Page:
Respondent-appellant Globex International Inc. ("Globex") appeals from an April 16, 2008 judgment of the United States District Court for the Southern District of New York (Scheindlin, J.) granting petitioner-appellee Macromex Srl's ("Macromex") petition for confirmation of an arbitral award and denying Globex's cross-petition to vacate that award. We assume the parties' familiarity with the underlying facts and procedural history of the case, as well as the issues presented on appeal.
We agree with the district court there was at least a "barely colorable justification" for the arbitrator's finding that Globex breached its contract with Macromex. See Wallace v. Buttar, 378 F.3d 182, 190 (2d Cir.2004) ("[An arbitration] award should be enforced ... if there is a barely colorable justification for the outcome reached." (internal quotation marks omitted)). As the district court concluded, it is possible to read U.C.C. § 2-614(1)'s reference to "facilities" to include a facility that becomes unavailable as a result of an importation ban imposed by that facility's country. Thus, read this way, § 2-614(1) could impose a duty to tender commercially reasonable substitute performance once the Romanian importation ban made delivery in Romania impossible. Further, Globex cites no authority or convincing analysis in support of its contention that, pursuant to the Official Comment, the Romanian importation ban went "to the very heart of the agreement," and therefore § 2-614(1) did not apply to the contract. See Stolt-Nielsen SA v. AnimalFeeds Int'l Corp., 548 F.3d 85, 92 (2d Cir.2008) ("In the context of contract interpretation, we are required to confirm arbitration awards [even if we have] serious reservations about the soundness of the arbitrator's reading of the contract." (internal quotation marks and brackets omitted)).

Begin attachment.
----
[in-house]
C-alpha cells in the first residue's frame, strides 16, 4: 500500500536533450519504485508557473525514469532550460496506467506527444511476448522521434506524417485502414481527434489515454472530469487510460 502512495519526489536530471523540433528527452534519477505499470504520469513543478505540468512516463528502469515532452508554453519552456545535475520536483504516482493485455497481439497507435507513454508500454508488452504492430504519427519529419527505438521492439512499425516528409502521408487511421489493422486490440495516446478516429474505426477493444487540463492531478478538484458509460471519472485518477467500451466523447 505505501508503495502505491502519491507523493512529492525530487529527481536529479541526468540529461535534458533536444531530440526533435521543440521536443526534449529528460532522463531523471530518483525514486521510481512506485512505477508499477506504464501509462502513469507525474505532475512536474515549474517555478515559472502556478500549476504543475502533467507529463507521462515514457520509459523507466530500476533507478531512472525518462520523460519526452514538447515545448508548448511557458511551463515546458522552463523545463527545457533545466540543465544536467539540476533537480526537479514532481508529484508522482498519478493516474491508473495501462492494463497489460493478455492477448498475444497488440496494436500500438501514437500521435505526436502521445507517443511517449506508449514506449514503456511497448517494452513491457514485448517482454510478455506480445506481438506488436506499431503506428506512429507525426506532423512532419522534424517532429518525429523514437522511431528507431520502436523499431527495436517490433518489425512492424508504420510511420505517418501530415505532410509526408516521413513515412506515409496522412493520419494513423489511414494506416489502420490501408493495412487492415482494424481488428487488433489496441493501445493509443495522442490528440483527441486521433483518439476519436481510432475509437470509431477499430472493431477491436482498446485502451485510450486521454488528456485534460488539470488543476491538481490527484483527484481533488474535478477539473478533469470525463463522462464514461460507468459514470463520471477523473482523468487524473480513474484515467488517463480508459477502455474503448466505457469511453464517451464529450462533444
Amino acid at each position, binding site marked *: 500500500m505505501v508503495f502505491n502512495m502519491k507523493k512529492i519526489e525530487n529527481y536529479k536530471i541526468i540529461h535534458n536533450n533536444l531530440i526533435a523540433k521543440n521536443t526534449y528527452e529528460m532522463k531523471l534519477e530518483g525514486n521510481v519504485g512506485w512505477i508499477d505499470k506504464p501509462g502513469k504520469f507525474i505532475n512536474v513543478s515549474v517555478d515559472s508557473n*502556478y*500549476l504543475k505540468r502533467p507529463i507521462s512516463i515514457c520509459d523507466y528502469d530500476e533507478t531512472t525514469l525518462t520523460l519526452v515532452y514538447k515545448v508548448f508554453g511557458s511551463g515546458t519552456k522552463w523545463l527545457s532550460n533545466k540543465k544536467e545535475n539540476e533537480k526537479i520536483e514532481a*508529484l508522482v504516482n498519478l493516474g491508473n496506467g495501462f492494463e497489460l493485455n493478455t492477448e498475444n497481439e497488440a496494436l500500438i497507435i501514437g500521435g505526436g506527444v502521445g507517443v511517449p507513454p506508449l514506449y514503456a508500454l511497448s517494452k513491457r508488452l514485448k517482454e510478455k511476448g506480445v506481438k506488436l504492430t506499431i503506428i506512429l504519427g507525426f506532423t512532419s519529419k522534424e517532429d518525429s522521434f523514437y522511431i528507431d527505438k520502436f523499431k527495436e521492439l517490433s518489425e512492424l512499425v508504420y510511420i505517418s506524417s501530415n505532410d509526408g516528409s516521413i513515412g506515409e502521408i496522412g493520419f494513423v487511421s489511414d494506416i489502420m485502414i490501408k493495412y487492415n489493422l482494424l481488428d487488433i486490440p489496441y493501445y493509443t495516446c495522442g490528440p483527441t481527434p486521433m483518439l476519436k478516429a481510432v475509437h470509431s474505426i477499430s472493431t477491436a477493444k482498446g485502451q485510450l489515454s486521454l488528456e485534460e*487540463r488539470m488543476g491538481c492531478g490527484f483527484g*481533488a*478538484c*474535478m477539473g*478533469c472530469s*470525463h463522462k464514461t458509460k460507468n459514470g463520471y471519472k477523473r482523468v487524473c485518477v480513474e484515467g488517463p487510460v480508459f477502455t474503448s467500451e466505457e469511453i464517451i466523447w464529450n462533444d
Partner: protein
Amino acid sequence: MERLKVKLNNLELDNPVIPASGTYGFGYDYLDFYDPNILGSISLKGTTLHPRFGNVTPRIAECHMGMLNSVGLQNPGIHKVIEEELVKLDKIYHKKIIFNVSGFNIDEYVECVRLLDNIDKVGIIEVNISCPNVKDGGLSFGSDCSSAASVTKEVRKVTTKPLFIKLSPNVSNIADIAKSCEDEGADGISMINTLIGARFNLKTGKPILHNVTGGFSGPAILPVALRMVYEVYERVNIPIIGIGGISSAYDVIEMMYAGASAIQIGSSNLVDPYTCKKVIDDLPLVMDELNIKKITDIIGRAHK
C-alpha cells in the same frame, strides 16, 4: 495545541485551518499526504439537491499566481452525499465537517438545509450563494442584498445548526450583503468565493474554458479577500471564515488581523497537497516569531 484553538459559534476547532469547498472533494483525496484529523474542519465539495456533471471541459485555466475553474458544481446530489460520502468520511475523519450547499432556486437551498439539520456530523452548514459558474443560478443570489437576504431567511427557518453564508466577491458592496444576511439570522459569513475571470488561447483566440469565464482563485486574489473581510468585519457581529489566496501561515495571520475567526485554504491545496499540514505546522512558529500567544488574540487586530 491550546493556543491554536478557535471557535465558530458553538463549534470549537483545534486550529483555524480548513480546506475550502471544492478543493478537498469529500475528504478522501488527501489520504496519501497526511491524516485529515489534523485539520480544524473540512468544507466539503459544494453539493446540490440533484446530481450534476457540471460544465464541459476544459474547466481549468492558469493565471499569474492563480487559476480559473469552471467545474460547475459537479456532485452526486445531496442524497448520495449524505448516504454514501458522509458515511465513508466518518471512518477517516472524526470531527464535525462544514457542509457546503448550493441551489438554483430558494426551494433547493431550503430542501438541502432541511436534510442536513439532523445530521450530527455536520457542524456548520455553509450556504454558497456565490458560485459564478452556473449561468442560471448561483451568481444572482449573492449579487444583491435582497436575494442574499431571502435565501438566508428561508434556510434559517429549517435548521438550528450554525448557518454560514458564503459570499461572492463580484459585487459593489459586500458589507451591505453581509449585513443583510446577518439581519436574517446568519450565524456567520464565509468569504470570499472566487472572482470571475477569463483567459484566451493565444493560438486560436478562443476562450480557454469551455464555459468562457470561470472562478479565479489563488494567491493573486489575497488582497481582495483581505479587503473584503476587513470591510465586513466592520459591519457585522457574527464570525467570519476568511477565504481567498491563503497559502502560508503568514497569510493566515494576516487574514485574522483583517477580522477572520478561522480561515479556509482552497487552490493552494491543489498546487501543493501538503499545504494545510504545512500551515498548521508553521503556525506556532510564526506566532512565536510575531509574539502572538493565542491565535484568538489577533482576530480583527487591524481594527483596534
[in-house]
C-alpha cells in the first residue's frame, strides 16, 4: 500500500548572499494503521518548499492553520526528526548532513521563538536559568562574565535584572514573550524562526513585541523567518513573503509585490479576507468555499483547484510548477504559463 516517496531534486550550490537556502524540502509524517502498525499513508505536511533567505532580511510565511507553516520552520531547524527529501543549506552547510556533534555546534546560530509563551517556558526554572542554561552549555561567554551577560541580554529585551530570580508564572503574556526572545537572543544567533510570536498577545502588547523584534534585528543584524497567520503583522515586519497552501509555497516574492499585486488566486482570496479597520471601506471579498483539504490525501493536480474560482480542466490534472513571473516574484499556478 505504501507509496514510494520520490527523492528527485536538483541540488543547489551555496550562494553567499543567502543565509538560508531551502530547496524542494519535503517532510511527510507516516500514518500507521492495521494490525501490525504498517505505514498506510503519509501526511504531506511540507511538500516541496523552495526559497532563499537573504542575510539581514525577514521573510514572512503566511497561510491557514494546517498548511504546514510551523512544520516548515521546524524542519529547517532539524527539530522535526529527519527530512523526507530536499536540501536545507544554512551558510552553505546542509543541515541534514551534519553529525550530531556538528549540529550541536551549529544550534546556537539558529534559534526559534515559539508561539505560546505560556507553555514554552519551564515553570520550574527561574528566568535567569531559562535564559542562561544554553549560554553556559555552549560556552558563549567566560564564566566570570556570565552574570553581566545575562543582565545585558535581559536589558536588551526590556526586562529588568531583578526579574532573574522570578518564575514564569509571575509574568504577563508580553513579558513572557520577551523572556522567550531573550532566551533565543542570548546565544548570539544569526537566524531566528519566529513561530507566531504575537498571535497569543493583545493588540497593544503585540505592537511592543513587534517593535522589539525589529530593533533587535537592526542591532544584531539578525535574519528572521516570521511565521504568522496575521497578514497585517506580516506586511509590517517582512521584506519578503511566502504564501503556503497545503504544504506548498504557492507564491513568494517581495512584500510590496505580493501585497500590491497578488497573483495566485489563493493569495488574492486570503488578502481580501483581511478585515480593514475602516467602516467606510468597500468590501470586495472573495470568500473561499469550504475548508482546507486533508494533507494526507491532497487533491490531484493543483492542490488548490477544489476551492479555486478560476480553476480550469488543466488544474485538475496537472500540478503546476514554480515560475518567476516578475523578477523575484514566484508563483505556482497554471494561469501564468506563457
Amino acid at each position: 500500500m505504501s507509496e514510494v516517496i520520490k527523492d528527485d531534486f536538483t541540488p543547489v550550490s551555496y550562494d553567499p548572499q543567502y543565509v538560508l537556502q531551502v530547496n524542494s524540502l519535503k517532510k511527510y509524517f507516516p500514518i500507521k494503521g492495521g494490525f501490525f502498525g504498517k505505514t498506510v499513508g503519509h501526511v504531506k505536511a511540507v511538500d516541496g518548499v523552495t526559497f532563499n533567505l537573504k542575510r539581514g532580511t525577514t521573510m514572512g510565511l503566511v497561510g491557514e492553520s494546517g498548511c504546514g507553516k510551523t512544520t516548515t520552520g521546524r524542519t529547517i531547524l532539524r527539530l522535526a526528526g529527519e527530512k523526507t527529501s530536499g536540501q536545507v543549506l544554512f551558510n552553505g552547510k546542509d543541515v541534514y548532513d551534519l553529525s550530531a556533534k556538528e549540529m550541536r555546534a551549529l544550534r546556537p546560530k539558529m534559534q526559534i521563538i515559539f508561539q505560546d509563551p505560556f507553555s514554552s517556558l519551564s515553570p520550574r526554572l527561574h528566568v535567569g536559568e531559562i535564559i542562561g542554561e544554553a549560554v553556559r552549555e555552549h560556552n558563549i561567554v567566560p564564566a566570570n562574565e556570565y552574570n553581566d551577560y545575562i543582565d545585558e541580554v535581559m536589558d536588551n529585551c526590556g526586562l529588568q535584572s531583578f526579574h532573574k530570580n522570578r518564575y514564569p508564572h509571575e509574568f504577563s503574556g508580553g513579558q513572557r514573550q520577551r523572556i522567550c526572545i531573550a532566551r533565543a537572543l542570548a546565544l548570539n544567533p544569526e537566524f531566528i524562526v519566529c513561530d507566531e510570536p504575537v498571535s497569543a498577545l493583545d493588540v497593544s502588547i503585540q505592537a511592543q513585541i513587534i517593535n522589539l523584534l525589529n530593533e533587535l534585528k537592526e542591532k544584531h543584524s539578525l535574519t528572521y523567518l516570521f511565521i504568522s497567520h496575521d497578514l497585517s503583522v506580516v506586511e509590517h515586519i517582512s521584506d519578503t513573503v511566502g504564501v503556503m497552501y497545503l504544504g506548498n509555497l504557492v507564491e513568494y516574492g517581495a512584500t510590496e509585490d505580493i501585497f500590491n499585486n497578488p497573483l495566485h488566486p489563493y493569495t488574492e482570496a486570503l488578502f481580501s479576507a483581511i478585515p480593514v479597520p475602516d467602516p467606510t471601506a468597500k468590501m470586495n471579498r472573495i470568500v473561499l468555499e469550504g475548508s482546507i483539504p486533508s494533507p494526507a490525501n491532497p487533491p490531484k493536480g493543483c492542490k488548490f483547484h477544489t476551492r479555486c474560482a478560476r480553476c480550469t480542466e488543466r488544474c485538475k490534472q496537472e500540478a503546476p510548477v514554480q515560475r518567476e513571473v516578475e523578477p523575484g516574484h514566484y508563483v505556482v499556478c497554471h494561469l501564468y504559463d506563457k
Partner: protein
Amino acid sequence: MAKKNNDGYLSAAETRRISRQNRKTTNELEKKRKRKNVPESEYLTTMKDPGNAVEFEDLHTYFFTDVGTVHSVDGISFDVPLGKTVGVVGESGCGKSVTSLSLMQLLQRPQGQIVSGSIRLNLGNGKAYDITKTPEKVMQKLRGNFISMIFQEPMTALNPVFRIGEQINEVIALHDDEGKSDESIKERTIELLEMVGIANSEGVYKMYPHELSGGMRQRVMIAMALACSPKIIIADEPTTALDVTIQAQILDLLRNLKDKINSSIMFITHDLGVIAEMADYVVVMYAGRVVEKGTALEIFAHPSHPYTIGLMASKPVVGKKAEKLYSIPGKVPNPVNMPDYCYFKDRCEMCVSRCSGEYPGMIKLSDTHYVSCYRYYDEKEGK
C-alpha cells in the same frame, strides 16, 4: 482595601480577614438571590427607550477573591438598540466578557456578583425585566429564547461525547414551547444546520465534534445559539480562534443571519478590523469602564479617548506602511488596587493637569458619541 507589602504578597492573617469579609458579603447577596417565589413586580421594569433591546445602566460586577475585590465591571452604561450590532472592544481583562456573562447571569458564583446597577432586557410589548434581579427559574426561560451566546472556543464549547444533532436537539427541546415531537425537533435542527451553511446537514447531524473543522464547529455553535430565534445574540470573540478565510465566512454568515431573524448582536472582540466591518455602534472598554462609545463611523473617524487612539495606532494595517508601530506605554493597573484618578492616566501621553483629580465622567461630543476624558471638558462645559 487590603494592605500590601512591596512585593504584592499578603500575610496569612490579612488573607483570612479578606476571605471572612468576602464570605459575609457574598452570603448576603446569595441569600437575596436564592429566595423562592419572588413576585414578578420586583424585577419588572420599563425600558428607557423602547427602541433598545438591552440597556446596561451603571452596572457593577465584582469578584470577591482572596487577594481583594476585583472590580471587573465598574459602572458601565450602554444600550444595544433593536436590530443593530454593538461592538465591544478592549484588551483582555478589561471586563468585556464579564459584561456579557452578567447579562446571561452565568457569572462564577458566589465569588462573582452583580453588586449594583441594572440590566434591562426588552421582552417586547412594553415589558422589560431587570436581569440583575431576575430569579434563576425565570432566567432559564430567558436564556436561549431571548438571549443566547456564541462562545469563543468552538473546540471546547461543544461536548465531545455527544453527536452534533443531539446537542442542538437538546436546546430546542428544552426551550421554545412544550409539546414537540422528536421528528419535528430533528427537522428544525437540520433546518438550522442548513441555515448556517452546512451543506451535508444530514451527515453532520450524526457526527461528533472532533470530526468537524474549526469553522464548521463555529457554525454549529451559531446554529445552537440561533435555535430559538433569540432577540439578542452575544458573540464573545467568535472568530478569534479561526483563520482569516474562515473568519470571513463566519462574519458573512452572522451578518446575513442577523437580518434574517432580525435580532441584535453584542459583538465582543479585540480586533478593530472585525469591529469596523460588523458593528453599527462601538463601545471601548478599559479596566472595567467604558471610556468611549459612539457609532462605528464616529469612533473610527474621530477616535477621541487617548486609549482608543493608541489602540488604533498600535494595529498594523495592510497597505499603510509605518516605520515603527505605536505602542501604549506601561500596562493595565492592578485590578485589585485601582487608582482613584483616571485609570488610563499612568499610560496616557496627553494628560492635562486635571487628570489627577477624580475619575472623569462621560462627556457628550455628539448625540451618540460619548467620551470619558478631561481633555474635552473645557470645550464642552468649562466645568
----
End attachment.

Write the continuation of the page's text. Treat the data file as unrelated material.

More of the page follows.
With respect to damages, Globex argues that a proper reading of CISG Article 74 imposes liability for damages suffered as a consequence of the particularly identified breach, "with foreseeable damages ... simply as a cap on actual damages." See CISG Art. 74 ("Damages for breach of contract by one party consist of [the damages] ... suffered by the other party as a consequence of the breach. Such damages may not exceed the loss which the party in breach foresaw ... at the time of the conclusion of the contract."). Even if this argument were correct, and the arbitrator interpreted Article 74 erroneously by awarding the foreseeable damages in full, our precedent is clear that an arbitrator does not manifestly disregard the law in such circumstances. See Merrill Lynch, Pierce, Fenner & Smith, Inc. v. Bobker, 808 F.2d 930, 933 (2d Cir.1986) ("Manifest disregard of the law ... clearly means more than error or misunderstanding with respect to the law." (internal quotation marks omitted)); Wallace, 378 F.3d at 190 ("Our cases demonstrate that we have used the manifest disregard of law doctrine to vacate arbitral awards only in the most egregious instances of misapplication of legal principles.").
We have considered Globex's remaining arguments and hold them to be without merit.
For the foregoing reasons, the judgment of the district court is AFFIRMED.}}